7. Post-modern Dance of the 1960's and 1970's
      1. reaction to the compositional and presentation constraints of modern dance
      2. Judson dance theater
      3. experimental choreography of Tharp, Bausch and others
      4. rise of postmodernist choreographic processes produce a wide range of dance works in varying styles
    8. Influential styles, dancers and choreographers from the 1980's to present
      1. Tanztheater
      2. Butoh
      3. performance art
      4. site-specific choreography
      5. upsurge in popularity of dances of the past
      6. use of technological advances including cinedance and video dance
      7. hip-hop and street dance
    9. construction of a simple time-line of the emergence of dance forms from the 16th century to present day using multi-media techniques
  2. Recognize the important movements and figures in dance history
    1. lives and works of major dance artists
    2. classical Ballet: Vaslav Nijinsky, Rudolph Nureyev, George Balanchine, Mikhail Baryshnikov, and others
    3. modern dance: Isadora Duncan, Martha Graham, Merce Cunningham, Alvin Ailey and others
    4. early jazz dance: Jack Cole, Lester Horton, Katherine Dunham and others
    5. contemporary jazz dance: Matt Mattox, Luigi, Bob Fosse, Joe Tremaine, Lynn Simonson, Mia Michaels and others
    6. african dance: KanKouran Cance Company
    7. musical theatre: Bob Fosse, Gene Kelly, Fred Astaire and others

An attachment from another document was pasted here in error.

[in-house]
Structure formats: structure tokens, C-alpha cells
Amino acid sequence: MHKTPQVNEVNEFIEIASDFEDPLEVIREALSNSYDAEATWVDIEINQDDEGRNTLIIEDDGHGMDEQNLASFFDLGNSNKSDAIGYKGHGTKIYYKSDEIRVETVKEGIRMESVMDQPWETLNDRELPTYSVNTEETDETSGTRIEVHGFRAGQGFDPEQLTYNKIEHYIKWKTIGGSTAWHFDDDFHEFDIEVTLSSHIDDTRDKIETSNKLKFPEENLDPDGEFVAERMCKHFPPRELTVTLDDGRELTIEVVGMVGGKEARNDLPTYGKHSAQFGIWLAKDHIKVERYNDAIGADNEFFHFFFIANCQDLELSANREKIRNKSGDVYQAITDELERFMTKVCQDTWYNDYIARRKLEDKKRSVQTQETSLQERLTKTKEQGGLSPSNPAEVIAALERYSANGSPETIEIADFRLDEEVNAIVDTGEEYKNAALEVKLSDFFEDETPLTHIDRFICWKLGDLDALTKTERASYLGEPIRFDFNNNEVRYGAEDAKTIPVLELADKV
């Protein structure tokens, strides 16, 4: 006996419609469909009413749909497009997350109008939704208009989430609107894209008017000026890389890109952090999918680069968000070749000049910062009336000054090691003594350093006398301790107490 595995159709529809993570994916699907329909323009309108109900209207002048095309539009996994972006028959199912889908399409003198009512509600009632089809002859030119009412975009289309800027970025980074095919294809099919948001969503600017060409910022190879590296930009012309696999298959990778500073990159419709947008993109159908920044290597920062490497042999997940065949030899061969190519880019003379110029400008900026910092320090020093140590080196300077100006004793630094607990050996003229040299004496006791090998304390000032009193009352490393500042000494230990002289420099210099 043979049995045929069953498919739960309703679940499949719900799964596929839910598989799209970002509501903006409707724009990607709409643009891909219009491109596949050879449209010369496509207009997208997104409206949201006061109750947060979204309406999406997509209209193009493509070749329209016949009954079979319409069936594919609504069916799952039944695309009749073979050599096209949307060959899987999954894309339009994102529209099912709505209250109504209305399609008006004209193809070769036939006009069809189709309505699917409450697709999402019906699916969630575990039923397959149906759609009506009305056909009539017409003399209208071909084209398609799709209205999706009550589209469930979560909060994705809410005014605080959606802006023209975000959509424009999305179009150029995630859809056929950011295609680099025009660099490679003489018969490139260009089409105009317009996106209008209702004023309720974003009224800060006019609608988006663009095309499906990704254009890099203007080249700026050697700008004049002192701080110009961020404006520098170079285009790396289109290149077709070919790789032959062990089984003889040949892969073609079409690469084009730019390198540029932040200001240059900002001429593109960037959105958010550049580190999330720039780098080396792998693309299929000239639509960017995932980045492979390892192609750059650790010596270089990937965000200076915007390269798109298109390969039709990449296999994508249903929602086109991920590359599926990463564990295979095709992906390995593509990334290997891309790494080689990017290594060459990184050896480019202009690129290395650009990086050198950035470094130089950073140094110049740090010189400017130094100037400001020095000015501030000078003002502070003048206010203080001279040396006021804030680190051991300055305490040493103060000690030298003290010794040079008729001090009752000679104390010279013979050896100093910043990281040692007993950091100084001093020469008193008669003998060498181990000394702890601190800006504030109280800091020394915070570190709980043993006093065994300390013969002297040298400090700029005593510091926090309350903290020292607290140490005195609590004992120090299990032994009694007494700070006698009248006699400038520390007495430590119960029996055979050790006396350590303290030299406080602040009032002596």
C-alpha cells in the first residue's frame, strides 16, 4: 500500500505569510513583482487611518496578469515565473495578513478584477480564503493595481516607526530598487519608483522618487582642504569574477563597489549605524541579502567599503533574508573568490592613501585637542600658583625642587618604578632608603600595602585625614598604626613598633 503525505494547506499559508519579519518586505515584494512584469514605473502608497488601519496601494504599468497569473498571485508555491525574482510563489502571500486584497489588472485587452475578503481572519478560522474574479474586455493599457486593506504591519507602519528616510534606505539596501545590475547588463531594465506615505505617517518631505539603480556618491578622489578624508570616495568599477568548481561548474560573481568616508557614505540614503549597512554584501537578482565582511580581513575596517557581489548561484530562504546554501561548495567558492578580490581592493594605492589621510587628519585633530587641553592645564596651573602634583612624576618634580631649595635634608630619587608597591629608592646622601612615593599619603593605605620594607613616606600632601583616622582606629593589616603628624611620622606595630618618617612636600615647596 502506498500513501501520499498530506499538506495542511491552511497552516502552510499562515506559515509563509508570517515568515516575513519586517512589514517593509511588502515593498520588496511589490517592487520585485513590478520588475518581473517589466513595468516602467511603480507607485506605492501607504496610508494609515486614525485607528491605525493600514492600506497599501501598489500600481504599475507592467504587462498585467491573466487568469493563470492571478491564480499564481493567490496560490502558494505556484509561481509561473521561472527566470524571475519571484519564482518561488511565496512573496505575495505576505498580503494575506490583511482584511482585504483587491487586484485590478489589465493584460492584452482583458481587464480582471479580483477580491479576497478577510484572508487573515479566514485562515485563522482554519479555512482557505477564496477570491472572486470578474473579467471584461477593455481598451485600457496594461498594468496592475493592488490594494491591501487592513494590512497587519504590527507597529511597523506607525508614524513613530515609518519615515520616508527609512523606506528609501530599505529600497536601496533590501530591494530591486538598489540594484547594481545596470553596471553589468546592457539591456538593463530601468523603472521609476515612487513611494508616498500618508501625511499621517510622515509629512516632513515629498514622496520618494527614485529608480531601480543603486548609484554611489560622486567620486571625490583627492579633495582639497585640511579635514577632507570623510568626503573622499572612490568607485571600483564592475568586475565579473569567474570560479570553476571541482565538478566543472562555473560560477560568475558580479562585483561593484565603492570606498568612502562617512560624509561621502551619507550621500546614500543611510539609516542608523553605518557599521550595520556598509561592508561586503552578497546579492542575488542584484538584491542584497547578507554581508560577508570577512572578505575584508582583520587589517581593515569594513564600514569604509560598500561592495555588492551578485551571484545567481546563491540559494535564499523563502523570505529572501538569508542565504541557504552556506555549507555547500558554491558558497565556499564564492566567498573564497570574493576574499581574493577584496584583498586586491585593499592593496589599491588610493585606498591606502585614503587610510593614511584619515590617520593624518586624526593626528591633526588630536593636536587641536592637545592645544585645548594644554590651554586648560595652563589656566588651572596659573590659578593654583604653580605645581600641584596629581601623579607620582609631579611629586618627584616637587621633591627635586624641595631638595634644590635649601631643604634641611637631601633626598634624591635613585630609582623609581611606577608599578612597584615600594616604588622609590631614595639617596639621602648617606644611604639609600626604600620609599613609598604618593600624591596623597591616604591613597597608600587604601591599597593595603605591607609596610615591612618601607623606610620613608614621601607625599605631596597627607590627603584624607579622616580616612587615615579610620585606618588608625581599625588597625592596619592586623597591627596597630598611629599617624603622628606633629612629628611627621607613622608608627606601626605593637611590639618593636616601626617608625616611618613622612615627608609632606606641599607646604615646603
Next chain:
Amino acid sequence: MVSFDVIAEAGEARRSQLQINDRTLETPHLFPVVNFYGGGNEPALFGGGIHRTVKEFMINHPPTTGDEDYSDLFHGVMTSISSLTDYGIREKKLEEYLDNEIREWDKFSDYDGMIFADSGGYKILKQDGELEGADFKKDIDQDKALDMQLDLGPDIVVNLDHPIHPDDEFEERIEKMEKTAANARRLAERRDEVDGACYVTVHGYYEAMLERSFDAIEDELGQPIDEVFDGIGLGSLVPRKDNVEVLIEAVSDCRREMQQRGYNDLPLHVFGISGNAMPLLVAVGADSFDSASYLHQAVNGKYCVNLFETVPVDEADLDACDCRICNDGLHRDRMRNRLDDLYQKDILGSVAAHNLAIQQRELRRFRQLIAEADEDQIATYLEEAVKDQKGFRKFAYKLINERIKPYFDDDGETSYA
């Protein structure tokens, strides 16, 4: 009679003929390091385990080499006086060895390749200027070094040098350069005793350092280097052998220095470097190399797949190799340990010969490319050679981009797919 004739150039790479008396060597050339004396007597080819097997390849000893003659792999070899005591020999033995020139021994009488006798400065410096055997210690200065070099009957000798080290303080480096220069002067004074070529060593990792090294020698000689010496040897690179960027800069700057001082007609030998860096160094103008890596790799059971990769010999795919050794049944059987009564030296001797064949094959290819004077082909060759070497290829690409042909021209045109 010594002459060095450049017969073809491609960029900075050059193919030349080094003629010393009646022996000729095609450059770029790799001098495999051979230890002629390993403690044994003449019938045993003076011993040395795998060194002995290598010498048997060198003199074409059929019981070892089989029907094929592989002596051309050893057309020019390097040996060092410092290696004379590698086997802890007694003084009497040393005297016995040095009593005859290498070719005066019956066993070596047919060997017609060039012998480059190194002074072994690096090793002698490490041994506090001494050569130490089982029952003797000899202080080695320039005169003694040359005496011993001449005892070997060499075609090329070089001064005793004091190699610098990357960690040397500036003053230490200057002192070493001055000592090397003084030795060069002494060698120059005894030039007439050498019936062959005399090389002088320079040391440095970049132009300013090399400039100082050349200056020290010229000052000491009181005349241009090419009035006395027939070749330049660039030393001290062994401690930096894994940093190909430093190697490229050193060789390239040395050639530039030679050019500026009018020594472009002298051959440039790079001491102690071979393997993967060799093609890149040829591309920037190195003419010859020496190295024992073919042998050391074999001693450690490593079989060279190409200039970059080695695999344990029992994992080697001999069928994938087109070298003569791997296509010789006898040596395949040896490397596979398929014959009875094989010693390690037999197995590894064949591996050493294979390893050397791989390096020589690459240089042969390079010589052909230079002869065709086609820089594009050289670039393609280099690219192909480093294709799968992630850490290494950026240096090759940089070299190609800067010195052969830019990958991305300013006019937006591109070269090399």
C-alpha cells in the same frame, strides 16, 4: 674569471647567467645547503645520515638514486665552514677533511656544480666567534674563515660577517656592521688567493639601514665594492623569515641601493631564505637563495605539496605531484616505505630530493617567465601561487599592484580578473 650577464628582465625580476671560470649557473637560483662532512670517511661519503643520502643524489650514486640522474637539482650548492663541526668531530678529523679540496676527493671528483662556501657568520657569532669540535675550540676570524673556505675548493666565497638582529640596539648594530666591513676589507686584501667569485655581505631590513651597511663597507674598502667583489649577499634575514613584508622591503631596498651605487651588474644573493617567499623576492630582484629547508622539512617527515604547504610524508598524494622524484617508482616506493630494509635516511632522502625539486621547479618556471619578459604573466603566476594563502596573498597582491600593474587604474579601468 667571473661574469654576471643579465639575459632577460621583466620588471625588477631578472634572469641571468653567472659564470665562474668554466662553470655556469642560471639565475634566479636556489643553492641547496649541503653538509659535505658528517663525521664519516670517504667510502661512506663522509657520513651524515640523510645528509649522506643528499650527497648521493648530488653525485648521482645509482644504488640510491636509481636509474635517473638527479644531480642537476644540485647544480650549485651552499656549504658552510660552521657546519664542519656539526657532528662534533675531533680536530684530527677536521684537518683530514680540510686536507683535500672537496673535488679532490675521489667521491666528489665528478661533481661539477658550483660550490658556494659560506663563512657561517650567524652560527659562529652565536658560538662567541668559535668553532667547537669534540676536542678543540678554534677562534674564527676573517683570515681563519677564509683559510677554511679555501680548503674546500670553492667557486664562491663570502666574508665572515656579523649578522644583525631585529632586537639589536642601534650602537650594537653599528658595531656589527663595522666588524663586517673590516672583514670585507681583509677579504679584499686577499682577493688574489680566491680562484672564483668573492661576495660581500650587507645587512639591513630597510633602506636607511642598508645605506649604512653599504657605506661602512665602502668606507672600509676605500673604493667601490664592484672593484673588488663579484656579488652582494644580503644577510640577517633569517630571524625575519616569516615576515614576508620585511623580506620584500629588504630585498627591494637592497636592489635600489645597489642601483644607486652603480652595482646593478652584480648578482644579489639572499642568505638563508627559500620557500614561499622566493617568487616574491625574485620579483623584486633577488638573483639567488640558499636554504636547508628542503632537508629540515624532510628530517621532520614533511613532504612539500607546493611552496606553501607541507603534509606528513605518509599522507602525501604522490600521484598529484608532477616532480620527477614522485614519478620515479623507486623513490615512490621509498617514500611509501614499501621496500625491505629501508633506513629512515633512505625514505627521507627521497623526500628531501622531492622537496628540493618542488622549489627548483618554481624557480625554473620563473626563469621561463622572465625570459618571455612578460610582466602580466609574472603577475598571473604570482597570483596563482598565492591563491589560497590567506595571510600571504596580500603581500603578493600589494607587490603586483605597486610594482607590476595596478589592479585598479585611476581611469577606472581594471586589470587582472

8. world dance: Katherine Dunham and others
    9. hip-hop: Wade Robson, Dan Karaty, Brian Friedman and others
  3. Identify and analyze the origin and evolution of different styles and forms of contemporary dance
    1. history of classical ballet
      1. roots in the courts of 15th century Italian Renaissance, France during the reign of Louis XIV and Russia
      2. transition from courts to avenue of public entertainment
      3. publication of codified steps and training in first ballet academy, Paris 1661
      4. growth of major ballet companies in Europe and then the United States
      5. recognized as both art and expression of physical ability
      6. evolution in the west of classical, neoclassical and contemporary ballet
      7. brought to America by George Balanchine in 1934
    2. history of modern dance
      1. emergence of Modern Dance as a form of resistance to traditional classical ballet
      2. significance to the beginning of the Industrial Revolution
      3. evolving to incorporate new music, new movement styles, and new philosophies
      4. highly interpretive choreography, focus on alignment, oppositional movement, raw emotions and systematic breathing
    3. history of jazz dance
      1. origins in African American vernacular dance in late 1800s
      2. roots traced to moves being created by the slaves as physical and emotional outlet
      3. cross breed of American culture, European jigs and the music and movement tradition of African slaves
      4. jazz music inspiring first documented jazz dance choreography
      5. transition from night clubs to studio instruction, to Broadway shows and Musicals
    4. history of social dance:
      1. roots in primitive cultures to celebrate birth or mourn death
      2. 14th to 16th century processional and partner dances, flirtation and conversation
      3. 17th Century: the Waltz, Vienna, focus on graceful movement of couple
      4. late 18th century blend of group and couple dancing; contra dances, cotillions, square dances
      5. the 19th century polka, pavan, Mazurka, Polonaise, Two step
      6. development of ballroom dance styles including waltz, foxtrot, tango, swing, paso double, cha-cha, rhumba
    5. history of hip-hop dance:
      1. originated in New York City during the late 1960s and early 70s as marginalized subculture of artistic forms